After 12 years at the helm, Montgomery County Superintendent Jerry D. Weast is retiring in June. The Post published an exit interview with him in the Sunday magazine. Here are some more excerpts from my conversation with one of the nation’s most influential superintendents.
One of the more interesting threads was on Weast’s view of charter schools. In recent years, Montgomery County has consistently blocked charter applications. The school board rejected two applications this year, following Weast’s recommendation. He told The Post that one proposal was “duplicative” and the other didn’t have a “good strategy.”
Post: Let’s talk about charter schools.
Weast: Nothing wrong with charter schools. I tried to start a KIPP school. Actually used public money to build at Parkland [Middle School] a wing for a KIPP School.
Post: You’re a results guy.
Weast: That’s why I wanted a KIPP school!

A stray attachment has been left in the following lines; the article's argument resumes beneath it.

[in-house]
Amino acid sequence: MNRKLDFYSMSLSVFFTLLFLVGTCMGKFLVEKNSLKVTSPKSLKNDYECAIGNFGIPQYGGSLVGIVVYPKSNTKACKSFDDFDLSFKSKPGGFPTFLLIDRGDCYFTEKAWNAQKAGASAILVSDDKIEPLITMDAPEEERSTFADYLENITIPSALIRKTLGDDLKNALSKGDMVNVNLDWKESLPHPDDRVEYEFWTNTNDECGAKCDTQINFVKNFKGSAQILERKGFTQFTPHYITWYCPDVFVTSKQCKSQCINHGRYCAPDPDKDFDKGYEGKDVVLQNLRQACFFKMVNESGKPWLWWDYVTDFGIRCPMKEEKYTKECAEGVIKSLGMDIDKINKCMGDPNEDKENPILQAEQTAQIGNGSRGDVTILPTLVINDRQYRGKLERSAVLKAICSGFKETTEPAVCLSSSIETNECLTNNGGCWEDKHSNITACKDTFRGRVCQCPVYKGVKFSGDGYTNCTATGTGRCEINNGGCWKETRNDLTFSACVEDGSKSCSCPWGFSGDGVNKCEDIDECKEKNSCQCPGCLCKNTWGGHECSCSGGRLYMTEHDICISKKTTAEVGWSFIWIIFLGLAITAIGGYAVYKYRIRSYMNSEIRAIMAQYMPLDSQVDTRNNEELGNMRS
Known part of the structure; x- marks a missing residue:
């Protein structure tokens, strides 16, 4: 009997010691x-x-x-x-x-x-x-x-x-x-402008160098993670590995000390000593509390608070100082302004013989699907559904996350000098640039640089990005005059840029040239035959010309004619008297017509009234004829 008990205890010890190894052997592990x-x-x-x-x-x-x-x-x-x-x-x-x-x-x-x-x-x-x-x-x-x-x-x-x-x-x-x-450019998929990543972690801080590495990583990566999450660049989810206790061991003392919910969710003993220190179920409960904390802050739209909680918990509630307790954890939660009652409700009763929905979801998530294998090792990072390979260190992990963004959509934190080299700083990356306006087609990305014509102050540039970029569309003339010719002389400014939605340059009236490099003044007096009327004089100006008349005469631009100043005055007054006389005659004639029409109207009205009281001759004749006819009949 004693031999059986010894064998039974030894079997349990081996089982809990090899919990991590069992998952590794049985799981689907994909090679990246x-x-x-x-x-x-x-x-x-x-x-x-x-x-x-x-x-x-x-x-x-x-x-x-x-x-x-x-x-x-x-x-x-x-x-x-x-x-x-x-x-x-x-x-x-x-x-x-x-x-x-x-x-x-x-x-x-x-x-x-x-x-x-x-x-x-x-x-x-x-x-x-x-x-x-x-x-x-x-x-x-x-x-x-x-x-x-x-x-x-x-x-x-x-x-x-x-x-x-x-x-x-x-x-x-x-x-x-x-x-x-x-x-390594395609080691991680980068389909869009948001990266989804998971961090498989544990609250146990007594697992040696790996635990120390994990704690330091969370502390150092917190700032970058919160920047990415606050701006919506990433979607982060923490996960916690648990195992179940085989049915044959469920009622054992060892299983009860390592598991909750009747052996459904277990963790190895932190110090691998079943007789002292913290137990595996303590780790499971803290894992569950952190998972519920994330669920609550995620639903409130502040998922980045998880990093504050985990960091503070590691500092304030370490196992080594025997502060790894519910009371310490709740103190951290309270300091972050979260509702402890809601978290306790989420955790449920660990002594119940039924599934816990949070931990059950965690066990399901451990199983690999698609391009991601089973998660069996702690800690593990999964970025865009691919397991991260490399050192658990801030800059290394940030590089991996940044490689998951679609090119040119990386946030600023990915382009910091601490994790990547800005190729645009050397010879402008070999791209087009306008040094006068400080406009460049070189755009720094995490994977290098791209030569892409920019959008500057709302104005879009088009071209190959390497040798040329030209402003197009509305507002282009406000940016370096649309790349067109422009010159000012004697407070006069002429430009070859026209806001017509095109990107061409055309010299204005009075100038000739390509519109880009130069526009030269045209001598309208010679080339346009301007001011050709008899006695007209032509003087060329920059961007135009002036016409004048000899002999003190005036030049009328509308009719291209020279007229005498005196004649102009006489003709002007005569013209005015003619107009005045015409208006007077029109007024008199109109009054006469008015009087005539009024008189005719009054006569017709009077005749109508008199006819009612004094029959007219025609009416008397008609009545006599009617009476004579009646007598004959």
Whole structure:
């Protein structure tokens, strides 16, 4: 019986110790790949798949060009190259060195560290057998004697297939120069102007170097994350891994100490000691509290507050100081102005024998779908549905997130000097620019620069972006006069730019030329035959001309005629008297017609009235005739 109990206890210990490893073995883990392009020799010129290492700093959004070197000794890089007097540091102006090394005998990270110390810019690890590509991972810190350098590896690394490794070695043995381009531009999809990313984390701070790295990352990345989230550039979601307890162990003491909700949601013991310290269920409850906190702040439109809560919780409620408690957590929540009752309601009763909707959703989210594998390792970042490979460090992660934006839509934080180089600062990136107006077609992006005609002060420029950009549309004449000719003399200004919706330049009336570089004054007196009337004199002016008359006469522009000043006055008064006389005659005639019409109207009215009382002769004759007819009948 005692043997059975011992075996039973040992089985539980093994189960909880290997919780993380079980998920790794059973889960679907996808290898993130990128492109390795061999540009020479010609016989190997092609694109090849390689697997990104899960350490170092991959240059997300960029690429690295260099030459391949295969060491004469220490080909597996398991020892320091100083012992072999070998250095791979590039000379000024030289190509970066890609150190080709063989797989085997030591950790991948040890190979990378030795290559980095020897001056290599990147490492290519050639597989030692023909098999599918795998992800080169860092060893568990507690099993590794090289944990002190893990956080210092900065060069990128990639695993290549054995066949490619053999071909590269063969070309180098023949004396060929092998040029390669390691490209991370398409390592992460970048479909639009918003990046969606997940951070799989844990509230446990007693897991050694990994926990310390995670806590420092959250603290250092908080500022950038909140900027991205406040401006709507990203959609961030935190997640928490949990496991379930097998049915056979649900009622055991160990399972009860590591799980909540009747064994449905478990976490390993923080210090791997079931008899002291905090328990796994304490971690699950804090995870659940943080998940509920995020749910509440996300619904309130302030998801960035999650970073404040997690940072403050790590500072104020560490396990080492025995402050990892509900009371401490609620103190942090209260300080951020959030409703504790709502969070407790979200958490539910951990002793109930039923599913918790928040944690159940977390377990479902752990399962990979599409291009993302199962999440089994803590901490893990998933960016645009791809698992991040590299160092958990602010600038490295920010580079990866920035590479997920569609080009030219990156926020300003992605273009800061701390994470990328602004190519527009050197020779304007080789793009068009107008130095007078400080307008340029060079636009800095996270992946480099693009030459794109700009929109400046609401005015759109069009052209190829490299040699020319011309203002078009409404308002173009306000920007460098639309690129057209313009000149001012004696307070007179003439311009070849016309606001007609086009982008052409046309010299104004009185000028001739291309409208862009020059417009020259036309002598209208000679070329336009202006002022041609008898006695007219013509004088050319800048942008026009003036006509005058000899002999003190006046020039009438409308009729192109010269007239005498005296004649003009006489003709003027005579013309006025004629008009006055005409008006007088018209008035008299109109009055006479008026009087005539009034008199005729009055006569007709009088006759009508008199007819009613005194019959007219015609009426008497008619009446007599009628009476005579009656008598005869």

Post: But 12 years later, there are no charter schools in Montgomery County. Do you have something against charter schools?
Weast: No, absolutely not. In North Carolina, I tried to get charter schools started and they didn’t have a law for it. I came here and tried to get KIPP started, and I was told I couldn’t even go visit them. I went and visited them.
Some people have something against [charter schools]. I don’t. I do have something against faddish types of simplistic structures that haven’t been proven to have outcomes.
Post: Should Montgomery have a charter school?